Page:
WESTBROOK – While the school year may be winding down, efforts to prepare for this year’s Summer Food Program are ramping up, as Westbrook officials and volunteers work to keep food, nutrition and physical activity on students’ plates.
The program, which is federally funded by the U.S. Department of Agriculture, provides free lunch for children in low-income areas during the summer months. The meals are open to all students under age 19.
Last year, the program provided an average of 287 meals per serving-day in Westbrook.
Barbara Nichols, Westbrook schools’ director of nutrition, was in her office Friday working out some of the final details for the program, which kicks off on June 23 and features two new locations, including the recently completed community room of Hyacinth Place.
Nichols said that while the program is federally funded, it depends on volunteers throughout the community, based on the need for multiple sites in order to accommodate as many neighborhoods as possible.
"It’s a real community effort," she said. "I could not do this by myself."
She added that sites are chosen based on eligibility and interest. While some have been chosen using census data to determine low-income areas, other sites have been requested by residents, such as the Hamlet Community Room, established two years ago.
In order for a site to be eligible, the closest school has to have a free- and reduced-lunch eligibility of more than 50 percent.
This summer, there will be eight sites, including longstanding hosts such as Walker Memorial Library, Westbrook Community Center and My Place Teen Center, and the newly added Canal Elementary School.
According to Nichols, extra help has come from AmeriCorps volunteers, as part of a Preble Street Resource Center program in Portland, and organizations such as Opportunity Alliance and the University of Maine Cooperative Extension.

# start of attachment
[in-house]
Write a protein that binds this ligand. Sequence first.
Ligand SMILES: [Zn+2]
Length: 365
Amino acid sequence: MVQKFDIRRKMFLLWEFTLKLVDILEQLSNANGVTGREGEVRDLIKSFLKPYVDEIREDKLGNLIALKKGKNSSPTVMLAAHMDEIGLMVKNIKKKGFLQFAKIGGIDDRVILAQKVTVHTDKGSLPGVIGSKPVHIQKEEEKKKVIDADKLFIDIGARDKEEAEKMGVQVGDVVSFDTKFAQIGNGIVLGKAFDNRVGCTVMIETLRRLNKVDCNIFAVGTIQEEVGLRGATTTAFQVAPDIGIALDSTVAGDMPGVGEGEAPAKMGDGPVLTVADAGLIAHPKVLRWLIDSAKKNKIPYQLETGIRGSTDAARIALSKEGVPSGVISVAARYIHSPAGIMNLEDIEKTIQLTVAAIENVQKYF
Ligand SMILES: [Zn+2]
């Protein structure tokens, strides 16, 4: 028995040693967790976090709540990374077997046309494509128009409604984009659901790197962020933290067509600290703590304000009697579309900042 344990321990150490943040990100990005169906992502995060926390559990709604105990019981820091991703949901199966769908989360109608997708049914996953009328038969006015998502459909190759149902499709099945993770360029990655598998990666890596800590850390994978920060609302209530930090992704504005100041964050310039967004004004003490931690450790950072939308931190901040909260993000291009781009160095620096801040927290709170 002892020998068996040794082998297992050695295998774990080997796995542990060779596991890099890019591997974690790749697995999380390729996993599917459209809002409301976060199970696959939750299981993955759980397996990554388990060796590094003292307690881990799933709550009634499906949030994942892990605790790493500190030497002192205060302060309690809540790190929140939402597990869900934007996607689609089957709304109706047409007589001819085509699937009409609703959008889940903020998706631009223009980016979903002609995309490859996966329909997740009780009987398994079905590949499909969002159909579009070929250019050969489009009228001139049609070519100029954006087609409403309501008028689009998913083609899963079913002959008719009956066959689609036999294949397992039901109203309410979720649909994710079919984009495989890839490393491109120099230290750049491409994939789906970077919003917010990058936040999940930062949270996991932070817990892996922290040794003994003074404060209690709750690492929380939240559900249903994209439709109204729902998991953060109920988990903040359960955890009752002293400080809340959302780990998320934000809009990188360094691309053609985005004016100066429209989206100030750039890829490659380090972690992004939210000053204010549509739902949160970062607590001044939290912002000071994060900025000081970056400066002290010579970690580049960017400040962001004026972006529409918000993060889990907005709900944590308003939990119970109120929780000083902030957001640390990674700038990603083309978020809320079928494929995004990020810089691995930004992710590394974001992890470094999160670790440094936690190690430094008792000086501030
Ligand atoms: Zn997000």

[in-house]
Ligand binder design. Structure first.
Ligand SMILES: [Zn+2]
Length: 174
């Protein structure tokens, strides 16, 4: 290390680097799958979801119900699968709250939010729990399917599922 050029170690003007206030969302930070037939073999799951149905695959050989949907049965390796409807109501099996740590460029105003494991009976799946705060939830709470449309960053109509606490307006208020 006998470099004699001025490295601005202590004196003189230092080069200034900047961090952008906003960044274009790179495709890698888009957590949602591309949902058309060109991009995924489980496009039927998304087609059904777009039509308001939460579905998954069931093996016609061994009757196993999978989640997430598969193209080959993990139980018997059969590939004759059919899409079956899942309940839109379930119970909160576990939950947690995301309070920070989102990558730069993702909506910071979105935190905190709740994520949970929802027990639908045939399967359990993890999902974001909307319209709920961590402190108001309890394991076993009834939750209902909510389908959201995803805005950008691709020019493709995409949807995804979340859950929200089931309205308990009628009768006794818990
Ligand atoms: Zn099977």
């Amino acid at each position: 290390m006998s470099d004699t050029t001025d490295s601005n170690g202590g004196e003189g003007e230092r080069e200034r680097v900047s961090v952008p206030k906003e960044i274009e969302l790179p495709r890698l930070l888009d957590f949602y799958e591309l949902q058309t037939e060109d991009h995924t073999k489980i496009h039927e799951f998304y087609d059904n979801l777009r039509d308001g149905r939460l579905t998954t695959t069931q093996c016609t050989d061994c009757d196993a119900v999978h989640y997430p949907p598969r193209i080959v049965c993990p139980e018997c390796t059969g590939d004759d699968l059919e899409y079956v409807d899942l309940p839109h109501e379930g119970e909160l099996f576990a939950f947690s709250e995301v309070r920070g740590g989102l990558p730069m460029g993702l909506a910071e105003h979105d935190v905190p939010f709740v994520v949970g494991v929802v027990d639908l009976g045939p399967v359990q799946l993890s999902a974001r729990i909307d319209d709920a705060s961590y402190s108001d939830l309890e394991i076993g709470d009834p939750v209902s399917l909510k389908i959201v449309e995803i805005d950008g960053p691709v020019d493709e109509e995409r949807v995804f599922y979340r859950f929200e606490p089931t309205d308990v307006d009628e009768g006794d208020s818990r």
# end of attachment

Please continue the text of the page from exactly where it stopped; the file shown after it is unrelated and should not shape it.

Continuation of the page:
Brenda Bracy, who works with the cooperative extension’s Eat Well Nutrition Education program, said Tuesday that the Summer Food Program is a "safety net" for low-income children during the summer months when they may not get nutritious meals.
As part of her program, Bracy has been visiting various summer-food program sites in Portland and Westbrook for more than a decade to promote physical activity to coincide with the lunches. She said that while it’s often difficult to get kids engaged in nutrition education during the lunch period, she has been successful engaging them in activities such as jump rope.
"That part of it has been successful," she said. "They love getting outside, and I think that’s probably the most beneficial part of my program."
Bracy said that some parents have told her that the summer months are difficult, and many rely on food pantries and other sources.
Nichols said that some of the longest-running sites, such as the teen center and the library, provide their own staff in order to help with the program, which means a little less work for Nichols and her limited summer staff of three.
Another new location this summer is at the Choices Are For Everyone (CAFÉ) office in the Dana Warp Mill. CAFÉ Inc. is a creative nonprofit that works with residents with developmental disabilities. Nichols said the clients at CAFÉ will be volunteering during mealtimes, which will be a "win- win" for the program.
Nicole Anderson, a Supplemental Nutrition Assistance Program (SNAP) education coordinator for Opportunity Alliance, a program also involved with nutrition education at various summer food program sites, coordinates with Bracy to help the two organizations cover as many locations as possible.
She said the two programs provide activity programming such as games, nutrition topics, and making healthy snacks.
The menu for the lunches is impressive given the limited options facing Nichols and her staff. Items include a turkey sub, crunchy Hawaiian chicken wrap, chef’s salad, sun butter and honey sandwich, and other favorites such as pizza and bagels with cream cheese. Each bagged lunch also includes vegetables, fruit and milk.
"It’s challenging for me and my staff to make meals that are appealing to the kids," she said.
Nichols, who has been in Westbrook for three years, but has 31 years as a nutrition director under her belt, said that through the years a lot more emphasis has been put on summer meals, but the most important factor is making sure residents are informed of the program.